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TUESDAY, JUNE 2, 1846.

Dr Candlish on the part of the committee appointed to prepare a letter to the Presbyterian Church of the United States, in answer to the letter received from them, read the draft of the proposed answer to be transmitted in reply, as follows :

Draft of Letter to the General Assembly of the Presbyterian Church in the United States

of America.

After preamble, the letter proceeds thus :

It is not with a view to a prolonged and exciting discussion between you and us, far less with any thing like a desire to bring about ultimate severance, that we again return, in a few sentences, to a subject which has already forced itself into our communications with one another. But we feel assured that you, as well as we, would be ashamed of any unmanly shrinking, on either side, from a free exchange of sentiment on such a topic; and in faithfulness, but with all affection, we must express to you our views.

Upon most, if not all, of the general principles upon which you, as a Church, appear to regulate your conduct, you and we are very much agreed; we are agreed in our sense of the evils of slavery, as well as in the conviction that masters may not "regard their servants as mere property, instead of human beings, rational, accountable, immortal ;" and that “every Christian and philanthropist should seek, by all peaceable and lawful means, the repeal of unjust and oppressive laws respecting slavery,"'and we presume, also, the abolition of slavery itself. We learn also, with satisfaction, that “the ministers and churches in the slaveholding States are awaking to a deeper sense of their obligation to extend to the slare population generally the means of grace.” That you" by no means countenance the traffic of slaves for the sake of gain; the separation of husbands and wives, parents and children, for the sake of. filthy lucre,' or for the convenience of masters, or the cruel treatment of slaves in any respect,"—We firmly believe, and indeed never doubted. On the other hand, we do not concur in opinion with those who think that the mere fact of slaveholding should in itself, under all circumstances, be considered as a heinous sin, calling for the discipline of the church, and who would require us to renounce all friendly intercourse with you, and to offend and insult you, by rejecting the tokens of your sympathy with us in our trials, because you do act upon that principle in your government of Christ's house according to his Word. We have reason, also, to apprehend, from recent experience in our own country, that the “ indiscriminate denunciations” of which you speak, have a tendency only " to perpetuate and aggravate the evils wbich they profess to remedy."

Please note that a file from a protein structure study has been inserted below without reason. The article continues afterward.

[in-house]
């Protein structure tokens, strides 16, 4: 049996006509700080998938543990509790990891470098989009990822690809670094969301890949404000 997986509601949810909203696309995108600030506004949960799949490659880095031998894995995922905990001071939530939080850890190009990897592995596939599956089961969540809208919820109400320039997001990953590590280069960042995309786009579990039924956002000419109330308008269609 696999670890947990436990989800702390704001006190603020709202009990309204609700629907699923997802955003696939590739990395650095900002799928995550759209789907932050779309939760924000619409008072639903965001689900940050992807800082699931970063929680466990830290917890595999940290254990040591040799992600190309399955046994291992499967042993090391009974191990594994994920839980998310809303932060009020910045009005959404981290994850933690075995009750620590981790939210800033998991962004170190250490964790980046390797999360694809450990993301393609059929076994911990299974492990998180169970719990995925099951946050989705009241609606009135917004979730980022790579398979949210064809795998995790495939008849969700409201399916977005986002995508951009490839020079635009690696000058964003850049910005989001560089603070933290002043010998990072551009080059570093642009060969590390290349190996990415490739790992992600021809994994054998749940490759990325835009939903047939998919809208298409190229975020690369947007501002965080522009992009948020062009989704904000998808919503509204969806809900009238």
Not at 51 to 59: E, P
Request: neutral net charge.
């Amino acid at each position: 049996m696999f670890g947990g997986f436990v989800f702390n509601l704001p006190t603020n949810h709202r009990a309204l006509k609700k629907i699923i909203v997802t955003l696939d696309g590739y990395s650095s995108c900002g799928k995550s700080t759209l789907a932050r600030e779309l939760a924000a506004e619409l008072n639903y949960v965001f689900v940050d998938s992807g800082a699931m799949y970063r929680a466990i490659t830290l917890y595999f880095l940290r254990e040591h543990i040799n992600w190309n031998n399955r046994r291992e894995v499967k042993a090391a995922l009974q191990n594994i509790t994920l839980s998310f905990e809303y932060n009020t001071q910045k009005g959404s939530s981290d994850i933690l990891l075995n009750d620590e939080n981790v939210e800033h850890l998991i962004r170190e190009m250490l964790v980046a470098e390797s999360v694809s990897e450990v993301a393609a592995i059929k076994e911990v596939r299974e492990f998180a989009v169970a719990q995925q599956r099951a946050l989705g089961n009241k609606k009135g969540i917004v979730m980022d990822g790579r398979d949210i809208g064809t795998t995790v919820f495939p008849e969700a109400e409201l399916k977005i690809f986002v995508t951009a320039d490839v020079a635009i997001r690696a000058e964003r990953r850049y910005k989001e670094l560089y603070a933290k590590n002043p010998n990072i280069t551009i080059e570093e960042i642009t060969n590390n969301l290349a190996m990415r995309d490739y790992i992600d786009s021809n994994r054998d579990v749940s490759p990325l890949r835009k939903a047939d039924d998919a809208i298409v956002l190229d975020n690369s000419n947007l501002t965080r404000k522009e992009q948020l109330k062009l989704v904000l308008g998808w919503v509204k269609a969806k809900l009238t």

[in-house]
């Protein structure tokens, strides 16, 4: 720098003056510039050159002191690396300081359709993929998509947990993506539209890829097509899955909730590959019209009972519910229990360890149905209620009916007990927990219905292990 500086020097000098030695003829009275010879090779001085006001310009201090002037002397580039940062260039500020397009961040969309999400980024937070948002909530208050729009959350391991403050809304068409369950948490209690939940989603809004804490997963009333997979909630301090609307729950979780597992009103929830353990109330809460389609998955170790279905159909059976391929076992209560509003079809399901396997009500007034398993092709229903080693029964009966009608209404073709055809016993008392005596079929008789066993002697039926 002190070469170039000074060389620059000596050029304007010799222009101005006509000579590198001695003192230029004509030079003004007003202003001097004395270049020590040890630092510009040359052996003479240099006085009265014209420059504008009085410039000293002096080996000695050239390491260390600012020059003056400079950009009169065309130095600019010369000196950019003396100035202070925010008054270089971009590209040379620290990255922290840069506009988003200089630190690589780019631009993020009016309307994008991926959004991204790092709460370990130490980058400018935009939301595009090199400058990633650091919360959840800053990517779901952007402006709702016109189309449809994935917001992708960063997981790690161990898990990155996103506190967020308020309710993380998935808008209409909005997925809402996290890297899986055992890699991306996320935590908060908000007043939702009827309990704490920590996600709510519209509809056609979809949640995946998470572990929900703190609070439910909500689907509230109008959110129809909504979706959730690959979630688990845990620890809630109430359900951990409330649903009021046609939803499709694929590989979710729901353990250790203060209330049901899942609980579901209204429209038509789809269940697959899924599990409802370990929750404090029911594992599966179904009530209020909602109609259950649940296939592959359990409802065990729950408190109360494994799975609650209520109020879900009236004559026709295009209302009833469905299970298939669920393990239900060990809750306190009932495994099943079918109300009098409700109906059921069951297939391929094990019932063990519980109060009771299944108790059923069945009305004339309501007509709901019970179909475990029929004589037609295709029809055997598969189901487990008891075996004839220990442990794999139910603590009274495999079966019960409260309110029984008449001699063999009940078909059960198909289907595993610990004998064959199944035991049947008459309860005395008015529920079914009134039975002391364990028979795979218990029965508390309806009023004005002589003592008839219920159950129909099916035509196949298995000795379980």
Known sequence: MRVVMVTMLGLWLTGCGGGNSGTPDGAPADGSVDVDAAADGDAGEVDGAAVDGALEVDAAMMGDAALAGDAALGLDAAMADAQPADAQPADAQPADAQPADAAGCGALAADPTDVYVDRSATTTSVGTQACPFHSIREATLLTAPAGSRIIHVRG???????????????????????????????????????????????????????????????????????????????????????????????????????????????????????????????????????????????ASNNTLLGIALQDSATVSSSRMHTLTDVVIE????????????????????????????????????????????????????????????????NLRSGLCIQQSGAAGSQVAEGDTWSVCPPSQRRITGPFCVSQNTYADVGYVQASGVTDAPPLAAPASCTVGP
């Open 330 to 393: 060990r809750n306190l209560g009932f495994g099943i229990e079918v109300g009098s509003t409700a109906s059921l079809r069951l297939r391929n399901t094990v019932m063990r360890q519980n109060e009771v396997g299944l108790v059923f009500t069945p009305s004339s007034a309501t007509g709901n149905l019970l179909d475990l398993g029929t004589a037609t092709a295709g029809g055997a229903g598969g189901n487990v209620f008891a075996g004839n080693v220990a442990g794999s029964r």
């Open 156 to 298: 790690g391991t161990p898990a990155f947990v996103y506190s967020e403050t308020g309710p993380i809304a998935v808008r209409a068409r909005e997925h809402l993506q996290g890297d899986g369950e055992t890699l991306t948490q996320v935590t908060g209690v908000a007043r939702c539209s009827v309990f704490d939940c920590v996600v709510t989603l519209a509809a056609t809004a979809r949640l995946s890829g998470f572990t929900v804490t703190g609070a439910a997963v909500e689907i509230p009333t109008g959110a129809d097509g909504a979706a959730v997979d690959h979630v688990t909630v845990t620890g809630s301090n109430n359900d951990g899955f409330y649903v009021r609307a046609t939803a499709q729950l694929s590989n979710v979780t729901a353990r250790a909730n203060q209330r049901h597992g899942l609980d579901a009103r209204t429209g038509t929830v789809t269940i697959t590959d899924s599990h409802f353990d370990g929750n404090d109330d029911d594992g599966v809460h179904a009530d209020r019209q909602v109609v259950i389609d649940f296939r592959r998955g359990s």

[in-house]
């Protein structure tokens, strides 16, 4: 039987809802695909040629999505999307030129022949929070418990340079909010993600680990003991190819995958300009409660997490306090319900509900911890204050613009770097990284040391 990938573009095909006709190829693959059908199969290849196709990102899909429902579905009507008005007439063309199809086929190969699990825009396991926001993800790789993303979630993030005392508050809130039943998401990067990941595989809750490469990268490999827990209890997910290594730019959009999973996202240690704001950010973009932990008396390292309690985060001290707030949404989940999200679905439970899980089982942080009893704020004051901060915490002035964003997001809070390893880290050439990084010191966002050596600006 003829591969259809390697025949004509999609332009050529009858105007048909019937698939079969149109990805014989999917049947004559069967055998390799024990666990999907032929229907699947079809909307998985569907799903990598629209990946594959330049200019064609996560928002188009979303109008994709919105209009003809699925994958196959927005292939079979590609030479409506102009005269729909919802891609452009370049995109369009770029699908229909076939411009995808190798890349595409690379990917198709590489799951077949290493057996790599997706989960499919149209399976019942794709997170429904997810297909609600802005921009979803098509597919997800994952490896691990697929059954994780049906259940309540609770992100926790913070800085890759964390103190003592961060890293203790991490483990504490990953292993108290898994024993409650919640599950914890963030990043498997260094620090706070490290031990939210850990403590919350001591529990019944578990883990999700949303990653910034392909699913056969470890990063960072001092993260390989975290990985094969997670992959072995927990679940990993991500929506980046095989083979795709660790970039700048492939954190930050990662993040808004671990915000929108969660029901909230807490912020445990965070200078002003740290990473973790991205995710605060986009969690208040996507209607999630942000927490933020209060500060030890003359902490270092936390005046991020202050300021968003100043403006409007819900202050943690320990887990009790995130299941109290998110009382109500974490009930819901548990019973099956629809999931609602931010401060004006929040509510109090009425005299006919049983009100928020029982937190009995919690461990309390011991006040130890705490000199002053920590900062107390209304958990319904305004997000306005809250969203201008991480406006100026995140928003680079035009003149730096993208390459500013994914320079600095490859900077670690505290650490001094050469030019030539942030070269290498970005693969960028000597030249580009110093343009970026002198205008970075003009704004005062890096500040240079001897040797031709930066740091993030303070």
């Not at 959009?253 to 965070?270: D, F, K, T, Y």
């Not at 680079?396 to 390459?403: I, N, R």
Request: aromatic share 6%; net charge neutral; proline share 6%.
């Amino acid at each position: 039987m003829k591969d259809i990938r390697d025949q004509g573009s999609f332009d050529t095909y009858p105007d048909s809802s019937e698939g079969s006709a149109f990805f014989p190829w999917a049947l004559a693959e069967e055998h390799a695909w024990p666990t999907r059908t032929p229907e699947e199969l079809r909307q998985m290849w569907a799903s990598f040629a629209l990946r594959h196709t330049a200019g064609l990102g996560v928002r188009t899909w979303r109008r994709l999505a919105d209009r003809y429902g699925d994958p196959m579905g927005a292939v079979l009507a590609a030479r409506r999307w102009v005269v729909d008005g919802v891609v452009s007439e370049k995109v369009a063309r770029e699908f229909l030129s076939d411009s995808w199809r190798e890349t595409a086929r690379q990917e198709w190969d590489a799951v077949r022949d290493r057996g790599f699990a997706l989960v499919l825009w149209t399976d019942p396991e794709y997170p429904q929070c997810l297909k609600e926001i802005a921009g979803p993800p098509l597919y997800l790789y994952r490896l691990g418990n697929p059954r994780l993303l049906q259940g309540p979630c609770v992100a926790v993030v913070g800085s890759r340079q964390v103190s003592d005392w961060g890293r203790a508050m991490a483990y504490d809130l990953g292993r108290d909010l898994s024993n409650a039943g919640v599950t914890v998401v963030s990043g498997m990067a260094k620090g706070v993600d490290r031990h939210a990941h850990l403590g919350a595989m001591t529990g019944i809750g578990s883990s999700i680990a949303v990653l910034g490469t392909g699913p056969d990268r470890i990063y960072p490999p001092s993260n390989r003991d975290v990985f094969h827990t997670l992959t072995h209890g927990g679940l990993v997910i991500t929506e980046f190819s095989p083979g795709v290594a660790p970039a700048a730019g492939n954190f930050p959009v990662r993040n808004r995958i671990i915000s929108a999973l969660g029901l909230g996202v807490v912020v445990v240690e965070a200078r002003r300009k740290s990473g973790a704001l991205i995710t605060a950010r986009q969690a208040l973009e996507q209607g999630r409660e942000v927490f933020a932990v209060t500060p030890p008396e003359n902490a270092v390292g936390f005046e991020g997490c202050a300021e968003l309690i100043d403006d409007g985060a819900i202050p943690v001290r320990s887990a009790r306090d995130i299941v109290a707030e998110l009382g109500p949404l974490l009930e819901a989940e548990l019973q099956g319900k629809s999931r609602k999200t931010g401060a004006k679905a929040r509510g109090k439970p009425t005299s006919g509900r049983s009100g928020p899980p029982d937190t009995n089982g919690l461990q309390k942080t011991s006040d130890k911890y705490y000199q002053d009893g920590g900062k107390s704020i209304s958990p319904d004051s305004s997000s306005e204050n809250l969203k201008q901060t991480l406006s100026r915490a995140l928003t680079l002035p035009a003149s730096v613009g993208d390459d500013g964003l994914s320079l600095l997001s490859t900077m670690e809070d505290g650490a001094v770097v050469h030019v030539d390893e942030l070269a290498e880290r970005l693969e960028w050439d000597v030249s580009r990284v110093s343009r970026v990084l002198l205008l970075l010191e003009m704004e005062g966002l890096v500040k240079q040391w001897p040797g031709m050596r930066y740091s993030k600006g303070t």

At the same time, we cannot conceal from you, that in some particulars we are con. strained to differ from you. You will permit us, we are confident, to address you with all frankness, and you will bear with us when we express our fear, that you may possibly have been led, by the circumstances in which you are placed, to conteniplale, with some